Troubleshooting John Deere Lawn Tractors

If the ignition refuses to even try to crank there's either a failsafe preventing it or an electrical fault. Modern John Deere lawn tractors come with a failsafe that prevents the engine from cranking if no one is sitting in the driver's seat or if the emergency brake is disengaged, so make sure neither of these is the issue. Lift the hood of the tractor and look at the leads connected to the battery. First, ensure that the leads are securely attached, the black wire is connected to the negative terminal and the red wire is connected to the positive terminal. Check the fluid level of the batteries. If it's low, top it off with tap water to the level of the split rings. Charge the battery for several hours before trying to start it again. While you wait, examine the fuse box. If there is the smell of burnt plastic or any signs of charring inside the box it's a sign that you've blown a fuse and need to replace it. Your engine should crank now.

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Troubleshooting John Deere Lawn Tractors

Engine Refuses to Crank

Engine Cranks but Won't Start

First, make sure the throttle is in neutral and the choke is completely open in the starting position. Make sure the gas tank is full and there is fuel moving into the engine. If the engine won't start there's either an issue with the spark plug or the air filter. Remove the air filter and clean it or replace it depending on how dirty it is. Unscrew the spark plug and look it over for gunk or corrosion. A little solvent should be sufficient to clean it, though you may have to manually adjust the distance between the two contacts. If it's too dirty or more than a year old you might want to consider replacing it altogether. The engine should start. If it doesn't ,this is indicative of more serious engine problems, which should be addressed by a professional repair service.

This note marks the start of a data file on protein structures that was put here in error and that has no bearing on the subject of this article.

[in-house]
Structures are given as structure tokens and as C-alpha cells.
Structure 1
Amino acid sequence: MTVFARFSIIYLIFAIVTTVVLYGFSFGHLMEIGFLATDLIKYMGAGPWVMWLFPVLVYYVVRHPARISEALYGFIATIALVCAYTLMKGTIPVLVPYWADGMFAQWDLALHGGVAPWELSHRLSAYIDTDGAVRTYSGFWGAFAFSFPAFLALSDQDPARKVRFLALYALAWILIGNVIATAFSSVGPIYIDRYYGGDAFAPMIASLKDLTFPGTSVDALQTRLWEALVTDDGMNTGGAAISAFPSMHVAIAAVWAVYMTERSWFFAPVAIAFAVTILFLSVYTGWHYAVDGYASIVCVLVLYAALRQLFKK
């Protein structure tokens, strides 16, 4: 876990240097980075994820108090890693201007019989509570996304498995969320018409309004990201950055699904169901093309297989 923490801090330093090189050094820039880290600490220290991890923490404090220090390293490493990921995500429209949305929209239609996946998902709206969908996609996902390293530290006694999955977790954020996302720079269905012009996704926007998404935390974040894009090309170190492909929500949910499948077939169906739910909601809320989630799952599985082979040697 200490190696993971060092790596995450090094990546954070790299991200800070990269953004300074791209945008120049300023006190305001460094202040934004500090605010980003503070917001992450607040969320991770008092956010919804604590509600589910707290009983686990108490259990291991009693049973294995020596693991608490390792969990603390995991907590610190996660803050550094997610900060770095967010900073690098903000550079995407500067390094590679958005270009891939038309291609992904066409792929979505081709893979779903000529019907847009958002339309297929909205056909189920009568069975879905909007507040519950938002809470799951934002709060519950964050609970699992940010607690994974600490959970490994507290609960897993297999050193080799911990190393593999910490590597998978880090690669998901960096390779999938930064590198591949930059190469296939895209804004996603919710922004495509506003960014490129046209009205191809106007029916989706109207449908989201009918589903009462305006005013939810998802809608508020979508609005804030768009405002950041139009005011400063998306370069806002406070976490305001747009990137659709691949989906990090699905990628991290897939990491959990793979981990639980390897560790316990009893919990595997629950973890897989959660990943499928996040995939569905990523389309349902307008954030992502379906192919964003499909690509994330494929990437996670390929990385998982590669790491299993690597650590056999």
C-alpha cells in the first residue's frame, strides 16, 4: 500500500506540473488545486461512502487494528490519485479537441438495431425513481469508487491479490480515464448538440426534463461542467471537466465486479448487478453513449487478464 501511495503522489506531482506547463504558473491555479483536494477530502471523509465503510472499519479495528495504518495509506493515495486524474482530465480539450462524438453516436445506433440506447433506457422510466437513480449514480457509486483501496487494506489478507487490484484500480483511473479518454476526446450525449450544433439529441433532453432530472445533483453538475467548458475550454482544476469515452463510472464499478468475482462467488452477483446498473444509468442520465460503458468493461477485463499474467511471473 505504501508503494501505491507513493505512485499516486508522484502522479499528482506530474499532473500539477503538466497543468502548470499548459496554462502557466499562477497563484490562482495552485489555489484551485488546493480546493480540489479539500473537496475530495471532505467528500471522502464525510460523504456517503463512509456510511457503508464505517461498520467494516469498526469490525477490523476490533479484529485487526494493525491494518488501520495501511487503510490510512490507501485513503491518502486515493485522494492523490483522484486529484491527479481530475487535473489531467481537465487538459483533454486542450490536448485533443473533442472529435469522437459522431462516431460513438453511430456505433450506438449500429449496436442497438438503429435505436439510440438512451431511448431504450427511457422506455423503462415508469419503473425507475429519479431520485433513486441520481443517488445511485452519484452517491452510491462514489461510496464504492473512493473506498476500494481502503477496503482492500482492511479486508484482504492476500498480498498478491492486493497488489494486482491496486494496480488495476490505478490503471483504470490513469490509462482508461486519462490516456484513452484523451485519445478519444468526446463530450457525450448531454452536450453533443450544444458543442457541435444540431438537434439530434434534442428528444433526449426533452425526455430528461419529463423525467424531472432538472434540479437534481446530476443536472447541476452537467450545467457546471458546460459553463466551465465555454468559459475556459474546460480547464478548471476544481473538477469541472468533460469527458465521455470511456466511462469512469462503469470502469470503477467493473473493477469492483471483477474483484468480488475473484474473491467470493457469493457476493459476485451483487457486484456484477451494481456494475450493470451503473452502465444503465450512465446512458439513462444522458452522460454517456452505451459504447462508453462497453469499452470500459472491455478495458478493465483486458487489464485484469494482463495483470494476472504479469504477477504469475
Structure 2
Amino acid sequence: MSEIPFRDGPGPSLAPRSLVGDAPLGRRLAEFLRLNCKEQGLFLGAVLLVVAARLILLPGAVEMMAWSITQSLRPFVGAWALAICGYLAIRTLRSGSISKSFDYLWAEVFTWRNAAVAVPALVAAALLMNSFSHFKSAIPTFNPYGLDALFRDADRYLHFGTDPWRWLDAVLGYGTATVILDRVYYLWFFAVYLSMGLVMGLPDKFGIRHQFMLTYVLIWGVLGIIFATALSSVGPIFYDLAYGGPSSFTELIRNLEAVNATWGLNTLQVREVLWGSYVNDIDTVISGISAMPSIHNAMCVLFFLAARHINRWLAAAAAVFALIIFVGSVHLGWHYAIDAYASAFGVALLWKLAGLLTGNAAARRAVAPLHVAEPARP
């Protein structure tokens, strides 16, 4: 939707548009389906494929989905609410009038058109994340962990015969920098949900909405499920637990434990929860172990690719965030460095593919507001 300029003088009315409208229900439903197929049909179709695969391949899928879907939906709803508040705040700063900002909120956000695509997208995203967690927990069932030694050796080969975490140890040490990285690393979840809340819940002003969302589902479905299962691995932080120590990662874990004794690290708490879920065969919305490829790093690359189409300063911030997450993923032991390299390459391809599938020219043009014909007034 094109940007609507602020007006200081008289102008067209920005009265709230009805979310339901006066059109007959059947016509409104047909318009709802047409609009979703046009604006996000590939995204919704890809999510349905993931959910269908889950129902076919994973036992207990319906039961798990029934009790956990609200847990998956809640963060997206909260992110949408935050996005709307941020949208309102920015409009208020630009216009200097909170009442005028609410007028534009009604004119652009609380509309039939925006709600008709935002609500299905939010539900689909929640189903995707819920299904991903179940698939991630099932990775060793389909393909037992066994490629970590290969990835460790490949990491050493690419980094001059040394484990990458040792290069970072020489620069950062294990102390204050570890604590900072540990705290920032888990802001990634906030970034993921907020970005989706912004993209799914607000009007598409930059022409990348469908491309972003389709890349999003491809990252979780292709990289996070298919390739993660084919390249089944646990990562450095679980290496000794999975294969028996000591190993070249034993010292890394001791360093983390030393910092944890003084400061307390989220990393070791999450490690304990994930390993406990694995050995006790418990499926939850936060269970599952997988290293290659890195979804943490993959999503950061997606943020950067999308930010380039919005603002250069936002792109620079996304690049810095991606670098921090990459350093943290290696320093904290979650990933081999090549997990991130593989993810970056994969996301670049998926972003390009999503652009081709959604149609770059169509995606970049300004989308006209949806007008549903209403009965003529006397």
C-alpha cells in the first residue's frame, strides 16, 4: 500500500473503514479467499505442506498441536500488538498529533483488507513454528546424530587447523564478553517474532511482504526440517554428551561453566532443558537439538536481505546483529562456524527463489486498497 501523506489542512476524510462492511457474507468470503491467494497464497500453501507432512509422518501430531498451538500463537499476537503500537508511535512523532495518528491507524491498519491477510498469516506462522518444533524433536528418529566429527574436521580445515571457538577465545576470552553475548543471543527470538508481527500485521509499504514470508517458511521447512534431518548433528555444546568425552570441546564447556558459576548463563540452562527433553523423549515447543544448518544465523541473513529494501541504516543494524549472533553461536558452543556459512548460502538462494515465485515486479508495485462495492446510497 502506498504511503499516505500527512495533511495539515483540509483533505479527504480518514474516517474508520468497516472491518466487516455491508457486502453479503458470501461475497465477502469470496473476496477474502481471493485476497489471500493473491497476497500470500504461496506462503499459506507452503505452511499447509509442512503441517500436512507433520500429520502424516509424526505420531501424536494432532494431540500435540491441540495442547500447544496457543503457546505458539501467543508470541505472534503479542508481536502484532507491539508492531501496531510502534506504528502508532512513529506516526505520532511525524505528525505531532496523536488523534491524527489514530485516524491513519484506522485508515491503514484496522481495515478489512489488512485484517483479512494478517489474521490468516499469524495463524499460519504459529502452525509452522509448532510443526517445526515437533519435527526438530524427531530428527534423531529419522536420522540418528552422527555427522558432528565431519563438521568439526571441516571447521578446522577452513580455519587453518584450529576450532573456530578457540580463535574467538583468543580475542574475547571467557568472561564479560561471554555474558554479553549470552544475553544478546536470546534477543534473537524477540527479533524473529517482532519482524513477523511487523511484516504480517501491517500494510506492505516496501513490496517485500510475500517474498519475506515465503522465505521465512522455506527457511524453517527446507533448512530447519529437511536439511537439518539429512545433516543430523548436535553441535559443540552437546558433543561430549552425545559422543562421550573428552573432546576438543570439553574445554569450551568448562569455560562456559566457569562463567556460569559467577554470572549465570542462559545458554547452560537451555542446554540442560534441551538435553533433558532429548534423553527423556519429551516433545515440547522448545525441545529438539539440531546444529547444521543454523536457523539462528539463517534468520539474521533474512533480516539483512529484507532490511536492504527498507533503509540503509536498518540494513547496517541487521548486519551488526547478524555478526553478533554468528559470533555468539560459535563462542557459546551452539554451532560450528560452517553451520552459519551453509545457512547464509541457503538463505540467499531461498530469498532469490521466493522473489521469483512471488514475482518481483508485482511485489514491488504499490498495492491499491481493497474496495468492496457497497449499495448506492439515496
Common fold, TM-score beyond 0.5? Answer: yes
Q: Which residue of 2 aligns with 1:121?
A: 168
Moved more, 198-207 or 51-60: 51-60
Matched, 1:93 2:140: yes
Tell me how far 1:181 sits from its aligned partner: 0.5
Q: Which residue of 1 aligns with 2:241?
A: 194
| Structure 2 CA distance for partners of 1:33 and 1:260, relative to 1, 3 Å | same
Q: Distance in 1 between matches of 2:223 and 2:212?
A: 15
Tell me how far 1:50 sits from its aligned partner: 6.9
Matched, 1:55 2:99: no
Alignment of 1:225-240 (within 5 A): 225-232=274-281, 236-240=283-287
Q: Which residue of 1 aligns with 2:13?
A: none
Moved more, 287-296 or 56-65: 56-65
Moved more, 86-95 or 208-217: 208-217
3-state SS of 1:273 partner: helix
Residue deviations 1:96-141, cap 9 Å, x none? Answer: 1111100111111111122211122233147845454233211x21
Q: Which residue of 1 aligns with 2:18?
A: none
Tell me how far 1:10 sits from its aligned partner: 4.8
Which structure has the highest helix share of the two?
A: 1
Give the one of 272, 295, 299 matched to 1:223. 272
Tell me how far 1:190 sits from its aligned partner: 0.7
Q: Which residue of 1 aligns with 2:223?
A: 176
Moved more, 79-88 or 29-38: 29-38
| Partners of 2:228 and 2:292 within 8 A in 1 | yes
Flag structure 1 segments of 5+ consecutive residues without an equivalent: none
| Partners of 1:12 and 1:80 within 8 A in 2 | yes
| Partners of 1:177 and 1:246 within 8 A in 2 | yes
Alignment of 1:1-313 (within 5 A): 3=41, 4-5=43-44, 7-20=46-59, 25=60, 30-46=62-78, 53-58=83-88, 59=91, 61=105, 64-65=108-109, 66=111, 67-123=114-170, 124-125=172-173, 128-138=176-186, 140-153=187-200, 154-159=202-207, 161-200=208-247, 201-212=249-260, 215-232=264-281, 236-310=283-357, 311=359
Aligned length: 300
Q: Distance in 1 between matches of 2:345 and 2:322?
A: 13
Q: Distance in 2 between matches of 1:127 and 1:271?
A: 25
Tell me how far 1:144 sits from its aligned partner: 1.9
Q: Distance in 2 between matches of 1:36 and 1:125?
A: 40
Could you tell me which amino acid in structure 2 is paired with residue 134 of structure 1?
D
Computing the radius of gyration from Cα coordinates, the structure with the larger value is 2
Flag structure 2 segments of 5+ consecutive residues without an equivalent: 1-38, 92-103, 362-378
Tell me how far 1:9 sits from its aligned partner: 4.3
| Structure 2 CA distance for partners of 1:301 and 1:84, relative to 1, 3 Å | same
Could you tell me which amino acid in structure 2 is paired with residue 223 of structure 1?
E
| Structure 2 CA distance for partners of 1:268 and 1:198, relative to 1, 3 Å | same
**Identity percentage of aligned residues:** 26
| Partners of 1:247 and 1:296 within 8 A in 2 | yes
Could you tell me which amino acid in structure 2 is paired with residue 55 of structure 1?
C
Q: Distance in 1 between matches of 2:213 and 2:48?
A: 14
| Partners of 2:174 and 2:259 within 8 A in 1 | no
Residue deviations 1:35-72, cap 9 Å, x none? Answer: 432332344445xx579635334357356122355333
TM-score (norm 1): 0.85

Tractor Smokes

An engine will smoke if its crank case is overfilled with oil. An excess amount of oil will increase the internal oil pressure of the engine block and cause unnecessary stress and wear. Siphon out a quart of oil and see if it is still smoking in an hour's time. If it is, this is because air is getting caught in the engine block, causing the oil to smolder. The thing to understand is that an engine block is a closed system. Any air inside is siphoned out by a device called an engine breather every time the engine starts. There is, however, one spot where air can get in if you're not careful: the dipstick. If the dipstick is broken or improperly seated, it leaves an entrance for outside air once the engine starts. Check your dipstick. If that isn't the problem, then the engine breather itself is broken or faulty. This is a difficult part to replace, though easy to get to, as incorrectly removing or installing a new one simply leaves a second opening for air to enter and makes the problem worse.